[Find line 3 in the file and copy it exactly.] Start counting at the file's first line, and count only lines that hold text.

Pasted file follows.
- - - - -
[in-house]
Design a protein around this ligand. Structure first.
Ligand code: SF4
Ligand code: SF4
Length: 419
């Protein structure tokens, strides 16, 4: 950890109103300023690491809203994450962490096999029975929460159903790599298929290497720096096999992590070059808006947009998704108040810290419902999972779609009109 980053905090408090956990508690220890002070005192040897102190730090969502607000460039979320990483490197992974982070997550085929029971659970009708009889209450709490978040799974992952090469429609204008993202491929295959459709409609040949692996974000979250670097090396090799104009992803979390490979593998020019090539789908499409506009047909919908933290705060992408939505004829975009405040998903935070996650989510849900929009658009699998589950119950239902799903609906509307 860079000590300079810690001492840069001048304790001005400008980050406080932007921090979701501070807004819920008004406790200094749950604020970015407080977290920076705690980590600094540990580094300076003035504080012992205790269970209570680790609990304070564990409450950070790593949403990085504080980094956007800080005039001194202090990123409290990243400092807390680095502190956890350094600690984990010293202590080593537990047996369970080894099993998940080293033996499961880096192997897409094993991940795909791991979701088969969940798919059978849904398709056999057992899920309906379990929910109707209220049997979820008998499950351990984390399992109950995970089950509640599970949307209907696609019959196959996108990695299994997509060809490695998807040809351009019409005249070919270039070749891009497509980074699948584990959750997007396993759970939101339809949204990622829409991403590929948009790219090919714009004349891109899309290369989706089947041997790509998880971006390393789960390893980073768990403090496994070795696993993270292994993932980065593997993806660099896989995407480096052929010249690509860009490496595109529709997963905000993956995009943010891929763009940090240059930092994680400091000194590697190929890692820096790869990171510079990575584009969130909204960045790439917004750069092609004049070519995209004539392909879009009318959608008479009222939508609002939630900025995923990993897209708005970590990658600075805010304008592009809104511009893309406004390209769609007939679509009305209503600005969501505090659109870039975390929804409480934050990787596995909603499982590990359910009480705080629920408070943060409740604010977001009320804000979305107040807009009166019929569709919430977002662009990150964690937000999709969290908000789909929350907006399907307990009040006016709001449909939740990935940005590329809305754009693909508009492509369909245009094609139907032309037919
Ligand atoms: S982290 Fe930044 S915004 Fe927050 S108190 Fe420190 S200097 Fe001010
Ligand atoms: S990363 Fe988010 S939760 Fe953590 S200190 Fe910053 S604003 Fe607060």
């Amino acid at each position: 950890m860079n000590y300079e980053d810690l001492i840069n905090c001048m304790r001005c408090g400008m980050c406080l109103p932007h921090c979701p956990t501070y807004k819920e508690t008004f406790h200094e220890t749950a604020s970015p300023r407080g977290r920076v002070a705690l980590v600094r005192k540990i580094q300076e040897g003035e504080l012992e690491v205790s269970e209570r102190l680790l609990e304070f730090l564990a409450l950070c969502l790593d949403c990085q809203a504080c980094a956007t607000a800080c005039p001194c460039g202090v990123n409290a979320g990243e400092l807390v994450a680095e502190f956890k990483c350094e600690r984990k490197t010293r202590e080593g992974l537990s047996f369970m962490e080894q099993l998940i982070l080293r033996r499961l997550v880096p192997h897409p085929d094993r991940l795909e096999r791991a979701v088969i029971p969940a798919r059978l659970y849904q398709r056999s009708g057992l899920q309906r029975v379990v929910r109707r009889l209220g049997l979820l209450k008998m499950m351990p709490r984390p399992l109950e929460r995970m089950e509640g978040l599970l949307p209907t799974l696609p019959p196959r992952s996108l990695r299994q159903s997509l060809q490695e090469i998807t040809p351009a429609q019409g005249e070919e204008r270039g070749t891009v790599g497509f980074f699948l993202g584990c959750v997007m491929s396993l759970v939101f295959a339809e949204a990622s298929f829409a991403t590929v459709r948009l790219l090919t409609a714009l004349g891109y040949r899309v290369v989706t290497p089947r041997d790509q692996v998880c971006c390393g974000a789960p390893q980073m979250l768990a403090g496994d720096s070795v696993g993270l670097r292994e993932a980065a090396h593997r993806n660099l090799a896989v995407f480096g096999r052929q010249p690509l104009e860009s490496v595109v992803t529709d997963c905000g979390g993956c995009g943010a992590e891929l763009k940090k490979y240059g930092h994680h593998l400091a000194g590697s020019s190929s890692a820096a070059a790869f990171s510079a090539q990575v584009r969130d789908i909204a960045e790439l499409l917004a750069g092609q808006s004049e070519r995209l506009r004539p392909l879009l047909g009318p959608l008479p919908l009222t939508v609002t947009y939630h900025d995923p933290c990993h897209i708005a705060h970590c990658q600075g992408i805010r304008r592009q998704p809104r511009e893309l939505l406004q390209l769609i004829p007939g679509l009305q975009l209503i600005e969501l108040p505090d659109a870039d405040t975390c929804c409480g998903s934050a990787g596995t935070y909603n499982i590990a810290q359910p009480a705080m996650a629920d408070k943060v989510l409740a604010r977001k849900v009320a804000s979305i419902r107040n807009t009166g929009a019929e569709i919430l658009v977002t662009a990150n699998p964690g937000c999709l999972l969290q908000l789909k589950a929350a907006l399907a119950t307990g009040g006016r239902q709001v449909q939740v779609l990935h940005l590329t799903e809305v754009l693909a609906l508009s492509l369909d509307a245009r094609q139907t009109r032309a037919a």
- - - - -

Ligand code: SF4